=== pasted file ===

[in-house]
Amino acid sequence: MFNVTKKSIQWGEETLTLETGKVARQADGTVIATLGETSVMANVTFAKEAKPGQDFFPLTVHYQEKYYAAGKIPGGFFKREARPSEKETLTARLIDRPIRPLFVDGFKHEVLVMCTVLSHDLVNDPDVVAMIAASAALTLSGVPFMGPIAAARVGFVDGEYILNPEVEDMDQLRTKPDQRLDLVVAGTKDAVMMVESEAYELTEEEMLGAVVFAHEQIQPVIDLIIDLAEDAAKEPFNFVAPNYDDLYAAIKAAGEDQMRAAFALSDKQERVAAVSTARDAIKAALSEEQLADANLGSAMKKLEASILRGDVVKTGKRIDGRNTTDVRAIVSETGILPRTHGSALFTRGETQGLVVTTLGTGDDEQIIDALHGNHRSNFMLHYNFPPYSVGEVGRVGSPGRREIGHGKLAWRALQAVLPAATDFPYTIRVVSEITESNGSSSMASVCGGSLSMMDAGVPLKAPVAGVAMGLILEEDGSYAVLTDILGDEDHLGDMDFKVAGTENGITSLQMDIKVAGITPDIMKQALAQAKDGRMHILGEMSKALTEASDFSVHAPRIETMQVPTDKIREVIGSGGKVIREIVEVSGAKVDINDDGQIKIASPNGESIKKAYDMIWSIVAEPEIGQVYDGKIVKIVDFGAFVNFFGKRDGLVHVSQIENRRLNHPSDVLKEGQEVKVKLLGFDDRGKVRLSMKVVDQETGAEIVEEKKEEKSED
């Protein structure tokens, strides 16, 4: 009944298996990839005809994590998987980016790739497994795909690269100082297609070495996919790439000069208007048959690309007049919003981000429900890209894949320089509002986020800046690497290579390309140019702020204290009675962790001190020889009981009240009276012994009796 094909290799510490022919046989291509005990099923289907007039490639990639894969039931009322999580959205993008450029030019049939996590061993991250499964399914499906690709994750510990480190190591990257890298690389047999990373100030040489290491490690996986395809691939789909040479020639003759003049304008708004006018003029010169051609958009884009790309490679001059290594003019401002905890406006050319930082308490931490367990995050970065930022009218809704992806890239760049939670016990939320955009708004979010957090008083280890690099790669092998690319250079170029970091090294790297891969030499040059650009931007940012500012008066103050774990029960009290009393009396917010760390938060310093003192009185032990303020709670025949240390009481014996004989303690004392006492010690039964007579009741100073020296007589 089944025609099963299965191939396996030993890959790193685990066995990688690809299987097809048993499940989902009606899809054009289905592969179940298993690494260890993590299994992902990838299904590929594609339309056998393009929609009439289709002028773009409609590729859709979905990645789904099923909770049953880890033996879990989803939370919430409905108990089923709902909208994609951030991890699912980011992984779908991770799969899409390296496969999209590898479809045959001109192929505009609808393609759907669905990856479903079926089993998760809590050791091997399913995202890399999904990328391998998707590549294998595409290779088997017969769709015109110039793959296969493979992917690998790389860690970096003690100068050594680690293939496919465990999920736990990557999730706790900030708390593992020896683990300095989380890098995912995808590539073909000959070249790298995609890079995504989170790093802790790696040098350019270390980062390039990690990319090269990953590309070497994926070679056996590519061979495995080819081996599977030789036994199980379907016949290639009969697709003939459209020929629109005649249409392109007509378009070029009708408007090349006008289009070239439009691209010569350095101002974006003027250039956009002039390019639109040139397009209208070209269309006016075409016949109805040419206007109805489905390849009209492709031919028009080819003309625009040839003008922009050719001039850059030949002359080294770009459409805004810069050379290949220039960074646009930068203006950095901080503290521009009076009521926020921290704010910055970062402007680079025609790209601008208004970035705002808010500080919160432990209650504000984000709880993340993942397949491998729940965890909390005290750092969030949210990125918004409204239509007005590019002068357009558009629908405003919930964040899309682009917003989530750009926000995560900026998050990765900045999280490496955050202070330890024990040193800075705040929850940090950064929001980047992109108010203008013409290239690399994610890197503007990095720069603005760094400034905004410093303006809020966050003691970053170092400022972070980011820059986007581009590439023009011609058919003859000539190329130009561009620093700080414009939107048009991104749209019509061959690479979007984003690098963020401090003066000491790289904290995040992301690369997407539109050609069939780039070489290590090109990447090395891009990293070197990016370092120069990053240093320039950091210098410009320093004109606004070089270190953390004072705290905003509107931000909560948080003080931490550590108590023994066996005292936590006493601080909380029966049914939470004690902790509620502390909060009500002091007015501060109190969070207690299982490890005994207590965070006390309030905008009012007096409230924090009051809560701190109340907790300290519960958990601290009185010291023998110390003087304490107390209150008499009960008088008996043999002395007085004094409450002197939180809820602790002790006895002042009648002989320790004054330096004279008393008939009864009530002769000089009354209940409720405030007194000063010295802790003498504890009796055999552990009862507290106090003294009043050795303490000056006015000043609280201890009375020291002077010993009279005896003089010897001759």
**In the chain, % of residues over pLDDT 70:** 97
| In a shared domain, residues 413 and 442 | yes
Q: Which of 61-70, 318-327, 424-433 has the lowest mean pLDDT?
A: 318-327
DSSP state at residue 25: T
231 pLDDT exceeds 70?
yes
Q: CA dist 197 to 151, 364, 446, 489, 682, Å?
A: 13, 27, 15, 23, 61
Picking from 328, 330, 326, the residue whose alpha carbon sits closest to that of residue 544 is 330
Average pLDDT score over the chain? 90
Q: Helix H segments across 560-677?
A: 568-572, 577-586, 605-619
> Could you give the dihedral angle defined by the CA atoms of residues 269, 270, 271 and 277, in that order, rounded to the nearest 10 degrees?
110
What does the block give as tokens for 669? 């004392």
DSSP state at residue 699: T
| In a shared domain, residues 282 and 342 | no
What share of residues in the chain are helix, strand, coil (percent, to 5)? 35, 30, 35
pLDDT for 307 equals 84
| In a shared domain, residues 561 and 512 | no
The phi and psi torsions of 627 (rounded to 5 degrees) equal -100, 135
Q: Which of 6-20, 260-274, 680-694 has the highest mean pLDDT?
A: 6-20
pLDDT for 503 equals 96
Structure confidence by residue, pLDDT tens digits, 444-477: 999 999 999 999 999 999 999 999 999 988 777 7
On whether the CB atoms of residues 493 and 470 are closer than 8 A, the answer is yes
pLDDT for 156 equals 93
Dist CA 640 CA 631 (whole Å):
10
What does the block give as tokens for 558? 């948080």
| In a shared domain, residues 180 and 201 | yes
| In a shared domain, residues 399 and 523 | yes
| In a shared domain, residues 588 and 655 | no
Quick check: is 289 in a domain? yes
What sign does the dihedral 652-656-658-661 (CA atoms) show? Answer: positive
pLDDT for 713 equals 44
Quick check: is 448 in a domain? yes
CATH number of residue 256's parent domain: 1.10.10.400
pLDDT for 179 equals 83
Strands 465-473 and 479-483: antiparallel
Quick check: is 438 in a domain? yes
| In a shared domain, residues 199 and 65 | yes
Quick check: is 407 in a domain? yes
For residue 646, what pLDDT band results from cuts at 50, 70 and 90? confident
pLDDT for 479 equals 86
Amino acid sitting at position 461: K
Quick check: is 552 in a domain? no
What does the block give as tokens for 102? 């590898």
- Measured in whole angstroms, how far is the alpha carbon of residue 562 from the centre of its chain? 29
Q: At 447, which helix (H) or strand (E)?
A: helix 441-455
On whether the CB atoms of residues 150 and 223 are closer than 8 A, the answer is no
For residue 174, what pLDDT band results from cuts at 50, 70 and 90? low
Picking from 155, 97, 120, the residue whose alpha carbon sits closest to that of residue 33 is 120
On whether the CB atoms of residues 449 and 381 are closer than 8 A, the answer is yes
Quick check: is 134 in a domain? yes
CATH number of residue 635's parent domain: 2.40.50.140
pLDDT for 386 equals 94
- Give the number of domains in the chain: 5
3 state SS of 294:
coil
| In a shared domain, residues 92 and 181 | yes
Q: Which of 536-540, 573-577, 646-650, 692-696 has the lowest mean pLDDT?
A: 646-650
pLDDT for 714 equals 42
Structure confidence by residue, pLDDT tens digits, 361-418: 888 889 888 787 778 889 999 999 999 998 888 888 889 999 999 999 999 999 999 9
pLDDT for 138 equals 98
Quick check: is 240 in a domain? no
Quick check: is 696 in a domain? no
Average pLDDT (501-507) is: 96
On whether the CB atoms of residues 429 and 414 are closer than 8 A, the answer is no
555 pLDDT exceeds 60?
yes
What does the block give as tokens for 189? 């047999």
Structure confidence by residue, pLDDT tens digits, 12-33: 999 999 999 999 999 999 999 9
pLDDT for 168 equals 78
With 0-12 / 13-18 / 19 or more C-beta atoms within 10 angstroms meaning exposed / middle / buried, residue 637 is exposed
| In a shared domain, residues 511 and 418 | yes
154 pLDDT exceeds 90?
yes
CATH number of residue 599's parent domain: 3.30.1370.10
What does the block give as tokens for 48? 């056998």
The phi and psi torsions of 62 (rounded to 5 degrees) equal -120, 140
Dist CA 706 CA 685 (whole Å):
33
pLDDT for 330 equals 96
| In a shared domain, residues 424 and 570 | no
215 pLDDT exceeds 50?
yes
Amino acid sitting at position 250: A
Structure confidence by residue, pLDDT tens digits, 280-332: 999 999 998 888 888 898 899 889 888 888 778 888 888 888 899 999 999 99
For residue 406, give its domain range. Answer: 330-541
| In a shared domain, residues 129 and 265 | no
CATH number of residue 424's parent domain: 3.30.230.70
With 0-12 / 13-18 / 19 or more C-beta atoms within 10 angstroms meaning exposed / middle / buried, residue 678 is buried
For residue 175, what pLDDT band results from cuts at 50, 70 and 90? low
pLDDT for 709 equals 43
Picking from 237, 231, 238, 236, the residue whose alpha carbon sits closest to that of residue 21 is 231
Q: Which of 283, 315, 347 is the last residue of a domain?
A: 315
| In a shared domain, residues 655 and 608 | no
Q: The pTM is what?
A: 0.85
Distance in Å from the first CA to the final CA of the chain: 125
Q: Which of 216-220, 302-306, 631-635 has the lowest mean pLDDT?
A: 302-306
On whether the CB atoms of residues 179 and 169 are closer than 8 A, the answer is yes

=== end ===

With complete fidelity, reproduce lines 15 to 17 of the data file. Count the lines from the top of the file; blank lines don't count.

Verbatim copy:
Q: Helix H segments across 560-677?
A: 568-572, 577-586, 605-619
> Could you give the dihedral angle defined by the CA atoms of residues 269, 270, 271 and 277, in that order, rounded to the nearest 10 degrees?